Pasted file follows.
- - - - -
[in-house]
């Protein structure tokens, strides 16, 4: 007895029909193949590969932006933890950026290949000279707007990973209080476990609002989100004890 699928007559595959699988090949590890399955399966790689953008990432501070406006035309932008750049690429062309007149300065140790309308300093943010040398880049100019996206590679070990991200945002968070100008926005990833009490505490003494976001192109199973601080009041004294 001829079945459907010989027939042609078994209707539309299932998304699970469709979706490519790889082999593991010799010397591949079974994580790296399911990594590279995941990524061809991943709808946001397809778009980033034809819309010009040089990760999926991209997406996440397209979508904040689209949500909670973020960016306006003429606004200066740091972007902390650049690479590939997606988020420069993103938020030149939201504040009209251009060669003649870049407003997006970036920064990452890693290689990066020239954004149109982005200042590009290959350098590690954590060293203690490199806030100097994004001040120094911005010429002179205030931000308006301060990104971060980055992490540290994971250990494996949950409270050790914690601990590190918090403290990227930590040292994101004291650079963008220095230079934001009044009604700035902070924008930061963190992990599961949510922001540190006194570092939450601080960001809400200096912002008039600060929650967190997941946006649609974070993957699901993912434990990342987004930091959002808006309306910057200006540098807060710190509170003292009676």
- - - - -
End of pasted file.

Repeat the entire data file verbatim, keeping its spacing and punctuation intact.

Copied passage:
[in-house]
């Protein structure tokens, strides 16, 4: 007895029909193949590969932006933890950026290949000279707007990973209080476990609002989100004890 699928007559595959699988090949590890399955399966790689953008990432501070406006035309932008750049690429062309007149300065140790309308300093943010040398880049100019996206590679070990991200945002968070100008926005990833009490505490003494976001192109199973601080009041004294 001829079945459907010989027939042609078994209707539309299932998304699970469709979706490519790889082999593991010799010397591949079974994580790296399911990594590279995941990524061809991943709808946001397809778009980033034809819309010009040089990760999926991209997406996440397209979508904040689209949500909670973020960016306006003429606004200066740091972007902390650049690479590939997606988020420069993103938020030149939201504040009209251009060669003649870049407003997006970036920064990452890693290689990066020239954004149109982005200042590009290959350098590690954590060293203690490199806030100097994004001040120094911005010429002179205030931000308006301060990104971060980055992490540290994971250990494996949950409270050790914690601990590190918090403290990227930590040292994101004291650079963008220095230079934001009044009604700035902070924008930061963190992990599961949510922001540190006194570092939450601080960001809400200096912002008039600060929650967190997941946006649609974070993957699901993912434990990342987004930091959002808006309306910057200006540098807060710190509170003292009676």